Unknown Areas of the Bible

I think every Christian loves to read their favorite passages from the Bible. It’s good to hear again and again the accounts of Jesus’ life, and be reminded of all the promises made to us by our heavenly Father. When we venture into unknown areas of the Bible, however, we sometimes find ourselves scratching our head.

Two who are reading through the Bible with me this year recently found things in Isaiah that raised questions they wanted answered. The first was concerning Isaiah’s attire, or lack thereof.

In the 20th chapter we read that God told Isaiah to loosen the sackcloth from his hips, and take off his shoes. He did so, and went naked and barefoot for three years.

“Did he really go stark naked?” was the question. It’s a question commentators have struggled with for years. It seems so unlike God to actually tell someone to go naked, and all kinds of attempts have been made to cover up the bare facts. But the bottom line is that God was using Isaiah to warn a disobedient people that they were going to be led away as captives; naked and barefoot with buttocks uncovered to their shame. It is shocking, but it exposes the extent to which God will go in an attempt to bring people to repentance.

The second question was related to all the details about people and places and events that are pretty much meaningless to us today. Of course, that should be expected of 2,700 year old history with which we are unfamiliar. Those who lived it knew it to be true, and Isaiah was told to write down his prophecies so they could serve in the time to come as a witness to the truthfulness of what he was saying. Even if we don’t take the time to actually dig into the history, the details presented give us the assurance that the Bible is not fantasy, but an actual record of historical facts.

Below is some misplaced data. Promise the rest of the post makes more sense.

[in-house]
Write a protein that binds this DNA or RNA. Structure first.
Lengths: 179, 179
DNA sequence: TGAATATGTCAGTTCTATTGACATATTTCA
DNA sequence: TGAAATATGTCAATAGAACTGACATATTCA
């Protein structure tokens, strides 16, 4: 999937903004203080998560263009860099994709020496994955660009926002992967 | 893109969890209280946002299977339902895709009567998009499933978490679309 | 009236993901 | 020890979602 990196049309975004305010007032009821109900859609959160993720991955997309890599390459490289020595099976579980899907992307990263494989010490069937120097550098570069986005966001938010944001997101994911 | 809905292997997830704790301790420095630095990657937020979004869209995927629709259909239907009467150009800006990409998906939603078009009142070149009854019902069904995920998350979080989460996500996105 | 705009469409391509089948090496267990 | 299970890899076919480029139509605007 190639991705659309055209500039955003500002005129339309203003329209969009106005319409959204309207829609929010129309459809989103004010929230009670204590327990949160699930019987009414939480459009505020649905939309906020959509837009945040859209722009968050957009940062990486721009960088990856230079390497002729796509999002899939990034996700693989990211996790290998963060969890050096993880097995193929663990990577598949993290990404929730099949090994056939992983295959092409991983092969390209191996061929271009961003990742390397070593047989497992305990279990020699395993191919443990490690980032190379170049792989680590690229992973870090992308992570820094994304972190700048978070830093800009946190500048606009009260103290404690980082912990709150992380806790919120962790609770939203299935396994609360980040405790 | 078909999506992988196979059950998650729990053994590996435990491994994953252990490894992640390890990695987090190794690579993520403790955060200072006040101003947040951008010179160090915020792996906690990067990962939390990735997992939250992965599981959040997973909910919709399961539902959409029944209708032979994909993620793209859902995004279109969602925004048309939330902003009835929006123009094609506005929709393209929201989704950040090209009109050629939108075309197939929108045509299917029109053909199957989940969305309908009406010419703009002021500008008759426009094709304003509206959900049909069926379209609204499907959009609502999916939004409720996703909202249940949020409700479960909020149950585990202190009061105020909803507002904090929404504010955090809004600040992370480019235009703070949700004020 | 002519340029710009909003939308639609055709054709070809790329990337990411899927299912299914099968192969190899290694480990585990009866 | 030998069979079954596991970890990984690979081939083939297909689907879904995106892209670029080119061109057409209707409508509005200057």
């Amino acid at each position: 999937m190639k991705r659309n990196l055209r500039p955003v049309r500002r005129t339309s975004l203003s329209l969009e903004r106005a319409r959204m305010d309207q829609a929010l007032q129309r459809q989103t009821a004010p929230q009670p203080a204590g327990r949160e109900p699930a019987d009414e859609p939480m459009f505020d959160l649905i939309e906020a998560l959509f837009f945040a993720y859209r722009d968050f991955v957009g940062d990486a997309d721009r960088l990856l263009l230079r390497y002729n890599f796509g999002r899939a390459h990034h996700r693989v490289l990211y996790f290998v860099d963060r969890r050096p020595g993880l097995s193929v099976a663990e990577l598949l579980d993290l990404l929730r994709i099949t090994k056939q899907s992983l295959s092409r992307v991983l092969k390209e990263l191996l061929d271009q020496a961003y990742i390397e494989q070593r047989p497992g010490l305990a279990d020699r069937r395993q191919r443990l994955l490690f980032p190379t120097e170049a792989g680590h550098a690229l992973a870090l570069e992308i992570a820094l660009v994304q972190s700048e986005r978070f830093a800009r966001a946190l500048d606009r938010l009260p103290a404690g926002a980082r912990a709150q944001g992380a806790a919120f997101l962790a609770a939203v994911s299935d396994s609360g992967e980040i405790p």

Don’t be afraid to venture into that which is unknown to you in the Bible. You may not understand everything you read, but I guarantee you’ll learn things about God that you didn’t know.

God Bless, Rick

Relationship in the Church

We were encouraged by the Apostle Paul last Sunday to think of, and treat one another, as family. I noted that some have bought into that idea more than others, and through involvement in church functions and activities have actually found some of their closest relationships developing within the church. The key, of course, is involvement with others.

Coming together regularly on Sunday mornings is obviously a good thing, and there is a beautiful sense of community when we worship together. Deep friendships, however, usually require more than a shared pew, and we therefore offer additional opportunities to study, play, work, and eat together. Those who take advantage of such often find something unexpected taking place. I know it did in Mexico.

When I asked Anna, my 13 year old granddaughter, what her favorite thing was about the trip to Mexico, she said it was the bonding that took place. When I asked her who she bonded with, she said everyone. When I pressed her further, she specifically mentioned Kirk, Andrew, Tate, and Judy Marlow.